A BatCat Blast from the Past

You’ve met the staff and seen the books, but have you ever wondered what it’s like to work on BatCat Press? In this three-part blog post, see what past, present, and future staff members have to say about their experiences on the press. Reunite with staff from the past nine years, say goodbye to our seniors, and meet the newest faces of BatCat Press.

BatCat’s staff is constantly changing. What originated as six students with an idea has evolved into an opportunity to grant ten or more students a year with a job on the only high school literary press in the nation.

With BatCat having over fifty different staff members in the last decade, it’s easy to lose track of all the names and faces. However, each student remembers their time on staff, often with it being a highlight of their high school career. For some, it even is a stepping stone to skills and involvement in the literary community.


Alyx Evans (2011-2014) explains, “There are so many great aspects that one learns from being active on BatCat – teamwork, leadership, dedication, and patience, to name just a few.”

Since graduation, Alyx has earned a degree in communication with a concentration in public relation and a minor in advertising from Robert Morris University. She is earning her master’s in organizational leadership. Though most of her writing is in a professional context now, she has been published in Rune, RMU’s literary journal.

Alyx isn’t the only alumnus still involved in the literary community. Robin Turici (2011-2012) is an assistant editor at Baker Publishing Group and has a bachelor’s degree in creative writing.

Robin even credits BatCat for some of her interest in the field. She says, “The experience of sifting through the BatCat submissions showed me that I want to work in acquisitions editing someday, and working closely with the authors we published prepared me to deal with authors in my job.”

Cassandra Lucci (2009-2011) is currently working as an accountant but hasn’t forgotten her BatCat roots. She says, “I do still write for leisure and still have a dream of writing something substantial enough and one day being a published author.”

2009-10 Cassie Lokomski Lucci

However, BatCat alumni don’t just walk away with writing and editing experience. Each staff member is trained in the basics of bookbinding, and some, like Nova Fox (2016-2017), haven’t stopped making books. “I’ve been making books and doing some more explorative bindings. [I’ve been] learning a lot of new methods and styles,” she says.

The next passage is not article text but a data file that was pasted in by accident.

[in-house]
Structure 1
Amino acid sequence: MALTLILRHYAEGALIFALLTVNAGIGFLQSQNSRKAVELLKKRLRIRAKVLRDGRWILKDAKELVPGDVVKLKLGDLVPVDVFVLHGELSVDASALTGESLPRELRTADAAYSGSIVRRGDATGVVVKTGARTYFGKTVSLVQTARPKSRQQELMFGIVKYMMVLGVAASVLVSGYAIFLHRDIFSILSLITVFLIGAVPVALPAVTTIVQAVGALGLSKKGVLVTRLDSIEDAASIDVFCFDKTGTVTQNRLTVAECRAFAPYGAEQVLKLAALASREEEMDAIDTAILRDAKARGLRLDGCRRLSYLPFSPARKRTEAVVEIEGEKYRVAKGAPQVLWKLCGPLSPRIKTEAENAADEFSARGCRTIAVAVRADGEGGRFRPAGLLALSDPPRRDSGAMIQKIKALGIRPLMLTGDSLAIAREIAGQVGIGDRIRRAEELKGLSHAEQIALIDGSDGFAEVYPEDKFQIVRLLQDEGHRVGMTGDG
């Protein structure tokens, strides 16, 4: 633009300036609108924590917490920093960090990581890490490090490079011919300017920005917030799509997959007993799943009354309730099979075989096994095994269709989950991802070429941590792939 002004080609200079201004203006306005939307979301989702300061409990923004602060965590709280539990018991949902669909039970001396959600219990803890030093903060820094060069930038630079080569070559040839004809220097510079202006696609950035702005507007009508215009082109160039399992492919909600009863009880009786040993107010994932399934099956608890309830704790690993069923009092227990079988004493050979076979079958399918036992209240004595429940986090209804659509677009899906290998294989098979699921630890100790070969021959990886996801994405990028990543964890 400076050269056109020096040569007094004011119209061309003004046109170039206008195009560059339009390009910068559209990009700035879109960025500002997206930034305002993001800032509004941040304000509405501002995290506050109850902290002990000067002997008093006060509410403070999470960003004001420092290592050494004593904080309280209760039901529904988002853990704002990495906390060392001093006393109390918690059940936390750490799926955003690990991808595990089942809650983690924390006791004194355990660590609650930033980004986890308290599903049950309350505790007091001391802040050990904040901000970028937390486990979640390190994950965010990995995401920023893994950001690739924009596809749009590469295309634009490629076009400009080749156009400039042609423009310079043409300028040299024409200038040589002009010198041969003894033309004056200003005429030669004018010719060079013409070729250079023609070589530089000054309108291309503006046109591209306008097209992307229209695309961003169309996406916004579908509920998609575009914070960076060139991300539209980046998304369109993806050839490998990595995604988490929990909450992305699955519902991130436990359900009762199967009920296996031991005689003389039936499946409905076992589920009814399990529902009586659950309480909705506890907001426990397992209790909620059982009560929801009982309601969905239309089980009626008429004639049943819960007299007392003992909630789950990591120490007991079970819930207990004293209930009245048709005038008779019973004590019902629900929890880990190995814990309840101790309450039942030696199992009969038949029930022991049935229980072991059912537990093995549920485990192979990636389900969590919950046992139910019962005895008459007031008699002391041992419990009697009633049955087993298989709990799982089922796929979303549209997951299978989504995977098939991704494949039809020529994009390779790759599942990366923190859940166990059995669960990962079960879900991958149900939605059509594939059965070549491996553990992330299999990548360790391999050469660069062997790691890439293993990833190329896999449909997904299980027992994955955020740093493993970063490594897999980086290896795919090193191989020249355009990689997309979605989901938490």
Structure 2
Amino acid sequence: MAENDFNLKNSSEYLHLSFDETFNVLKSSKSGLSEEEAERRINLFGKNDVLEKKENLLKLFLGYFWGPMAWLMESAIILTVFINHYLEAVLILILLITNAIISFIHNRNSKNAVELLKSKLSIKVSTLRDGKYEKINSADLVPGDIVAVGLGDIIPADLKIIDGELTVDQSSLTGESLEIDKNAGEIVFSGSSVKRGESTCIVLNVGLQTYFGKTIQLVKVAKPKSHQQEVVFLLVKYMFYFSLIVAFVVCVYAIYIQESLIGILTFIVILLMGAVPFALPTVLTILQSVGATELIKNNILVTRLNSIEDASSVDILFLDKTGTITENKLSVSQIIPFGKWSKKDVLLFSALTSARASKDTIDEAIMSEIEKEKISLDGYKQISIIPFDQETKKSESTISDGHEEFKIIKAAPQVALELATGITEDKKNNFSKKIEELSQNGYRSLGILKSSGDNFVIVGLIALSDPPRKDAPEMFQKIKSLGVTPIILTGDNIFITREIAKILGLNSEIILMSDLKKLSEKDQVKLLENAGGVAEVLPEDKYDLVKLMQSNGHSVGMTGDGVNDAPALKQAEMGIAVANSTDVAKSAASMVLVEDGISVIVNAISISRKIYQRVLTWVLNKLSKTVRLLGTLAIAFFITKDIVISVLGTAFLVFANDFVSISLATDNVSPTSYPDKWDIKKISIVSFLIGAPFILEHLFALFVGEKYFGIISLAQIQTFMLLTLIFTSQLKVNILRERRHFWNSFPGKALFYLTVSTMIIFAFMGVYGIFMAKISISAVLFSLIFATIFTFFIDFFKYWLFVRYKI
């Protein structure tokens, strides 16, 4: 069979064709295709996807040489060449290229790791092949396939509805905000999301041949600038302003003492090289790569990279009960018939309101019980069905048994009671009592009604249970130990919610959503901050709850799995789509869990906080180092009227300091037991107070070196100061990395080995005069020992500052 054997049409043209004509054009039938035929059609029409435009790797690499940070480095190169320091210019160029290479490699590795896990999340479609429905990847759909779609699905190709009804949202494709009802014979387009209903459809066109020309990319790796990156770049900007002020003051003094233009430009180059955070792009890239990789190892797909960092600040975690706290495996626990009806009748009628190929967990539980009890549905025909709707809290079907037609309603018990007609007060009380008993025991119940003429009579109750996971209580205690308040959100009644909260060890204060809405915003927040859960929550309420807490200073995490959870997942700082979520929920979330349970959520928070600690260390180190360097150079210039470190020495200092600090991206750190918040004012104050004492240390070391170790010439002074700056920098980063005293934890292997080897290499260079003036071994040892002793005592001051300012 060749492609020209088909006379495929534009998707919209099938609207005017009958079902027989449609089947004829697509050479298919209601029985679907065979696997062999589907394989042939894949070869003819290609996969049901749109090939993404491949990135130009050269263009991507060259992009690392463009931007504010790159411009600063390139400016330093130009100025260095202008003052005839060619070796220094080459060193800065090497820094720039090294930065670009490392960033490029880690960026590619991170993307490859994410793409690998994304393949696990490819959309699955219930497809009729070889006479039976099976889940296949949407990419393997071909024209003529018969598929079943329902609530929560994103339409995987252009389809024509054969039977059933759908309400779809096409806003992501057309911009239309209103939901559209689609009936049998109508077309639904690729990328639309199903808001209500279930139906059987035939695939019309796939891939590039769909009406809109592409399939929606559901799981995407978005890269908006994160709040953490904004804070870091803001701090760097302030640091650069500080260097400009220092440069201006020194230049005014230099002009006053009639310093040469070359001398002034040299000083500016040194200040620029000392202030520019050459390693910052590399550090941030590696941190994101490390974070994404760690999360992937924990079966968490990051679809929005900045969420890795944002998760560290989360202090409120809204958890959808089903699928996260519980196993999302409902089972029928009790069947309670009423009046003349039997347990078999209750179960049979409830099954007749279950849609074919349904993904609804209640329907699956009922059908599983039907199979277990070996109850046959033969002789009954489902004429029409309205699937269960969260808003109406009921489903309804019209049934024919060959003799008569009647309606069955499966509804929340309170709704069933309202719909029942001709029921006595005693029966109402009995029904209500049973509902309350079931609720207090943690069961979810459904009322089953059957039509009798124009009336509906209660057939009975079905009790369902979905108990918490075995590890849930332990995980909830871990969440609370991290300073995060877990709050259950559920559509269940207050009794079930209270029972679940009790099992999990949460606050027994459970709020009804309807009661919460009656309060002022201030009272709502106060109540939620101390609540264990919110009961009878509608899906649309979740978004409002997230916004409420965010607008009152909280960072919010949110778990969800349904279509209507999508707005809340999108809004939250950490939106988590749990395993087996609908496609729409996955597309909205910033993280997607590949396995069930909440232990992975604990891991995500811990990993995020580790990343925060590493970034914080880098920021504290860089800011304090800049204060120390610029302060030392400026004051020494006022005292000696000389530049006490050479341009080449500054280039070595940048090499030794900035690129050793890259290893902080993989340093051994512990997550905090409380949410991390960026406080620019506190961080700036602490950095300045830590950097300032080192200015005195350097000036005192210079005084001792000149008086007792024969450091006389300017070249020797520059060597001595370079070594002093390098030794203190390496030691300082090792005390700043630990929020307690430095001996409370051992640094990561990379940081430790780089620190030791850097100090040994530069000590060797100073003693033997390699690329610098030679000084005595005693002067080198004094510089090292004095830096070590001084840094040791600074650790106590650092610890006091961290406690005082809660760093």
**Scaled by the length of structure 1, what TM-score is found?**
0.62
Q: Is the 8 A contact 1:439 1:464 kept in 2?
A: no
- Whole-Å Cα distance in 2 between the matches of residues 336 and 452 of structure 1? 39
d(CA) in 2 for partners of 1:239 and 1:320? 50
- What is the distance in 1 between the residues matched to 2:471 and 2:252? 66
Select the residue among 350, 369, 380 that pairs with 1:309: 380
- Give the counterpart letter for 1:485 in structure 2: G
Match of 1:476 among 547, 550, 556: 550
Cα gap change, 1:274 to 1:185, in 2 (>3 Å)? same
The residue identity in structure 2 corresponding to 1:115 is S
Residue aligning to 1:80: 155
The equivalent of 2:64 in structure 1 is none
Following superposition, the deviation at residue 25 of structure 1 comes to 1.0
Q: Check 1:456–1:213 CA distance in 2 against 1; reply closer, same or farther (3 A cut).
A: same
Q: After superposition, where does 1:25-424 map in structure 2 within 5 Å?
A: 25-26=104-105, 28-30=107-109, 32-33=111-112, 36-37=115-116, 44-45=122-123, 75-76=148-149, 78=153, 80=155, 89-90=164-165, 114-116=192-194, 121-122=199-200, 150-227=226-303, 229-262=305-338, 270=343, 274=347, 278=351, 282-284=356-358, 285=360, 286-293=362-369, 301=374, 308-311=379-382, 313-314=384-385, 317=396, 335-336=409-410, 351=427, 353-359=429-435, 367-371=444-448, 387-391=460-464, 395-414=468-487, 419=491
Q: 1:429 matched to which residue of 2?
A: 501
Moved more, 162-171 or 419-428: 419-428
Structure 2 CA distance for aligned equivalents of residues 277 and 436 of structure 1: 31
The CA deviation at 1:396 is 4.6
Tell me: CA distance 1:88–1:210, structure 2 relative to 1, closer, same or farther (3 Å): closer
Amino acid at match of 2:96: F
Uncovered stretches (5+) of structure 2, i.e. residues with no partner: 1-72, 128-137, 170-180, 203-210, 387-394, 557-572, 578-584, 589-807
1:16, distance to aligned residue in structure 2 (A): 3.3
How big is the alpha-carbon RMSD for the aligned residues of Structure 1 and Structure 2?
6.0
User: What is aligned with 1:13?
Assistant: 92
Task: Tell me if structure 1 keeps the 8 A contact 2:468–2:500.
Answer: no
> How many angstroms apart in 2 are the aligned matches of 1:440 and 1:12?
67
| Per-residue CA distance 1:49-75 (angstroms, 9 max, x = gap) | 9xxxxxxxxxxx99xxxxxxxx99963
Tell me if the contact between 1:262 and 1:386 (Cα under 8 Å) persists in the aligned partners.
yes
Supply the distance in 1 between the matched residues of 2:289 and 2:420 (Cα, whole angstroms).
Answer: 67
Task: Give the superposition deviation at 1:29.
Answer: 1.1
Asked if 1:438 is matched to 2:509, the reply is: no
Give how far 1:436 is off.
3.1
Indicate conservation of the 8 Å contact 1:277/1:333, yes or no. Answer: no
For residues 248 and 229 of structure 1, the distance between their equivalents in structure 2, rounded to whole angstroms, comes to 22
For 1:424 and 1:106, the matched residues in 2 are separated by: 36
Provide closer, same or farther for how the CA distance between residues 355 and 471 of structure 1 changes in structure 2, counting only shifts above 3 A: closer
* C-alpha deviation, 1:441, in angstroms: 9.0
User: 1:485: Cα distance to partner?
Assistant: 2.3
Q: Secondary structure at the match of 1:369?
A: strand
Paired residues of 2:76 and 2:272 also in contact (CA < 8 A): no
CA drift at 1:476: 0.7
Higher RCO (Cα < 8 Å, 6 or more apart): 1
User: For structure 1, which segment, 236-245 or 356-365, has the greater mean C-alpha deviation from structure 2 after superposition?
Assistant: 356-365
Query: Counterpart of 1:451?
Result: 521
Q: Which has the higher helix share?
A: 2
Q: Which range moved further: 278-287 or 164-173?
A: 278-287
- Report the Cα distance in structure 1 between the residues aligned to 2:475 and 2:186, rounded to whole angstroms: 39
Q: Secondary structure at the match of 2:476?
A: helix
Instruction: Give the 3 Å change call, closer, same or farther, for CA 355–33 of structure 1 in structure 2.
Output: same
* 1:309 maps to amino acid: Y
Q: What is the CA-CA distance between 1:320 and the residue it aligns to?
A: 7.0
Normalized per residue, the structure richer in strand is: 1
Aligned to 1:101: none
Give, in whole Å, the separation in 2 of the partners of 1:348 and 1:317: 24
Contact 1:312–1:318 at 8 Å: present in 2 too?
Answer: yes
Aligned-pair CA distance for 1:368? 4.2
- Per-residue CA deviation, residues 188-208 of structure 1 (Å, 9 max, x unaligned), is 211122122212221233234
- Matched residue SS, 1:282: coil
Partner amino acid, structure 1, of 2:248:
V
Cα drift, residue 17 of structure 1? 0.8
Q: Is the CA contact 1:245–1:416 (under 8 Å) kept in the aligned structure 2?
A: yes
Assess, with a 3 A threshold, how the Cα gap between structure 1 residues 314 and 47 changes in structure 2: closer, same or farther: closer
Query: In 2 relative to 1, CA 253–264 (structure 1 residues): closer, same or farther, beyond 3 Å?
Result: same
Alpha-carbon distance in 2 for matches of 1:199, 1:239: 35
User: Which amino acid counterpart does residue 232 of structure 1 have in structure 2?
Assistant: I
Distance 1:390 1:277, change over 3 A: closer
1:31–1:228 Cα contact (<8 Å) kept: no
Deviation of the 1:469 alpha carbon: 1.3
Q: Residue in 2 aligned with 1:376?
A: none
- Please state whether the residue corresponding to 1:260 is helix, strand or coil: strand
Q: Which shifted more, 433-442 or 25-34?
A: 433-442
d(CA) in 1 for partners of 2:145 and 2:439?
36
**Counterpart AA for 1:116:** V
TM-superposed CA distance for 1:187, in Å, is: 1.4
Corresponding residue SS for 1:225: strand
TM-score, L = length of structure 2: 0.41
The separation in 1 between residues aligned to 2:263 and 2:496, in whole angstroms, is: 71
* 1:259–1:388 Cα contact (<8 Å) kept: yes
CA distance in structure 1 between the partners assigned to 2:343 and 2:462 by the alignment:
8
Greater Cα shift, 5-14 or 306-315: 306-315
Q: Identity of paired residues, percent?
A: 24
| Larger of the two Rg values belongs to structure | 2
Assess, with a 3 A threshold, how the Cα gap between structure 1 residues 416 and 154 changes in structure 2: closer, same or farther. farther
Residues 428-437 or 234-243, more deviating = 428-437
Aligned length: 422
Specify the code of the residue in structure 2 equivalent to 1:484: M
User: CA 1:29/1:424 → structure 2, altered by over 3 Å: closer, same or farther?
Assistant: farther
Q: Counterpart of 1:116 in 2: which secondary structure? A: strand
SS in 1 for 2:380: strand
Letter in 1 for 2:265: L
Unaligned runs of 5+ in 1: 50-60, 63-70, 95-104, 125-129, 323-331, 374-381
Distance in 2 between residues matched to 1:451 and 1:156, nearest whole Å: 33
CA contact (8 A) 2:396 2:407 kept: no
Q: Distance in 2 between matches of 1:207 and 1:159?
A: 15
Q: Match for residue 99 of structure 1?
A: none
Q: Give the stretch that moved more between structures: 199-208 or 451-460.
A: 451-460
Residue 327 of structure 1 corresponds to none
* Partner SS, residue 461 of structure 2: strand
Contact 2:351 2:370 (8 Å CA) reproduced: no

Of course, BatCat has changed quite a bit in the last few years.

Alyx explains, “We went from hand-folding paper in the dark, dank basement of the Midland library to cranking out large quantities of materials at a time with that big clunker of an industrial cutter. I have visited Lincoln Park since I graduated, and I see that now the Literary Arts Department has full-sized rooms dedicated to BatCat – don’t take that for granted. Trust me. That is a luxury.”

Our set up is currently a re-purposed office dedicated to our printing, a store room, and empty classrooms for workspace. We love our new space, but we hope that one day it will be even bigger and better.


However, even though the look of BatCat and its publications have changed, some things stay the same.

In fact, the process when Cassandra was around still holds true today: “The beginning of working a day on press was a little laid back and a bit disorganized. After a bit of learning the flow, it was very productive and a lot of fun. At the time, the press was staffed pretty low, so we all got to know each other well and learned how to work together effectively. After reading through and choosing what work to publish, it was sort of a step-by-step process, as you know. Print, cut, fold, glue, etc.”

And, of course, we still listen to a lot of music! In the beginning of BatCat, the Glee soundtrack could be heard playing. In my time, it has gone from Disney songs to Into the Woods (original Broadway cast, of course) to sing-along playlists. There’s just something about belting along to music that makes our bookbinding assembly lines a highlight of high school.


Perhaps the most important thing that is consistent throughout all of our alumni is how much they loved being on BatCat.

Nova loves that it gave her a project. She says, “It made me enjoy [high school] a lot more. It was nice to be fulfilling a role and helping with a larger project.”

Alyx remembers BatCat as being hard work but with a lot of payoff. She explains, “As much as my classmates and I bickered over the design process, and as sore as my hands were, and as exhausted as my brain was after weeding through all those submissions – I miss it. It was a great experience where great memories were made.”

At the end of the day, no matter when they were on staff or what they did, most BatCat alumni could agree with Cassandra: “Every day was honestly a great memory. We were really working out the kinks, as I mentioned, so there was always something afoot. It was always a lot of fun. I would join BatCat again in a heartbeat… It was incredibly hard and I still wish I could be involved in something as wonderful as BatCat. It was truly an experience I’m grateful to have had.”


-Olivia Smith, Post-Graduate Intern

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